Orange Alert

New Stuttering Lab Builds on Rich Research Tradition

Victoria Tumanova to Lead Newest Iteration

Oct. 5, 2016, by Elizabeth Droge-Young

Victoria Tumanova
Victoria Tumanova

Victoria Tumanova’s stuttering research lab in the communications sciences and disorders department resumes a long SU tradition of research on the subject. Tumanova, along with two undergraduate and two graduate students, explores the causes and persistence of stuttering in children and is looking to recruit Syracuse-area preschoolers, with and without stutters, for future studies.

“It’s great to see Dr. Tumanova rebuild a strong stuttering research program. In the ’80s and ’90s SU was one of the top stuttering research programs in the country,” says department chair, Karen Doherty. She explains that a former SU professor, Edward Conture, and an alumna, Patricia Zebrowski, mentored Tumanova prior to her accepting an assistant professorship at SU in 2013 and kicking off research in 2014. “Thus, it comes full circle for Dr. Tumanova to be the person to rebuild the stuttering lab,” Doherty says.

Stuttering is a speech disorder that first arises in children around the age of three. A majority of children recover, sometimes without therapy. However, others experience stuttering into adulthood. The condition is known to disproportionately influence boys and is thought to have a genetic component. It was previously thought that parents caused stuttering, but in fact the opposite is true: parents can support a child’s fluency through modifying their linguistic interactions.

“I have two friends, including a childhood best friend, who stutter, so I was familiar with the condition on a personal level,” Tumanova says.

Tumanova’s work focuses on factors that contribute to the development of stuttering in preschool-aged children. Specifically, she investigates how temperament, linguistic and speech motor control abilities influence the development of stuttering.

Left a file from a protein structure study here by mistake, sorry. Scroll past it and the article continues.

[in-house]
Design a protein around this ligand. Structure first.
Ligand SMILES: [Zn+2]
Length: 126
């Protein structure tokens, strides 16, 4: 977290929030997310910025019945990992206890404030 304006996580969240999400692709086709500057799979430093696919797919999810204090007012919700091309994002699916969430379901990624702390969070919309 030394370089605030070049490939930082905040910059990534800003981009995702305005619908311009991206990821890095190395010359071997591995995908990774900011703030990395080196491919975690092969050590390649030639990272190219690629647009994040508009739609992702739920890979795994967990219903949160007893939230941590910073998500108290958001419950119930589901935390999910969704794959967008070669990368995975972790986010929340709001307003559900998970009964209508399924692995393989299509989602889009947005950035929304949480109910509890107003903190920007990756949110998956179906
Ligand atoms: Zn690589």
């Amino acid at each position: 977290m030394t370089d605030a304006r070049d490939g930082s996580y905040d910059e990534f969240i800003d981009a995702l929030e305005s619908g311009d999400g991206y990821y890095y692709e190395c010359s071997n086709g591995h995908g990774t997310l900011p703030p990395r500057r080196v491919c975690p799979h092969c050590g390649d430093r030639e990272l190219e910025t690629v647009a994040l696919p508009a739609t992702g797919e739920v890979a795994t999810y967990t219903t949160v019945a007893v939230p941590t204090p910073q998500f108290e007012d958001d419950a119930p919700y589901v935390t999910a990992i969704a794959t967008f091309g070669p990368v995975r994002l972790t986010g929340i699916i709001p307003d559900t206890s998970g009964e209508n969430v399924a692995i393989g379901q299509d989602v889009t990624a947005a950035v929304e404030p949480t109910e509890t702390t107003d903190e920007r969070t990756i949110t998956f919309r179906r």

“Motivated by current theoretical models, I have been studying the association between emotional processes and developmental stuttering in early childhood,” she says.

Over the past 11 years Tumanova has investigated emotional and physiological reactions to word production, which is a challenge to children who are just learning to speak. Additionally, she has tracked motor control in stuttering adults through the use of movement tracking technology—a processes Tumanova is currently adapting to enable similar studies in young children.

Tumanova is now focusing on how preschoolers react when they stutter or produce other speech errors. The researchers measure psychophysiological reaction signals, including heart rate and skin conductance, which is a physiological response to an emotionally arousing stimulus. These tools are paired with motion capture to track speech motor control abilities.

“Several studies have shown that children who stutter are more reactive and less able to regulate their reactivity and attention than nonstuttering children. We’re trying to uncover how these differences in emotional reactivity and regulation may affect speech production, specifically speech fluency in these children,” Tumanova says.

The stuttering research lab is also recruiting preschoolers for current and future studies. They’re looking for children who do and do not stutter. Tumanova says, “the studies are fun for the kids and parents get valuable information about their kids' speech and language development.” To participate in a study, contact Tumanova via email at


Victoria Tumanova Associate Professor

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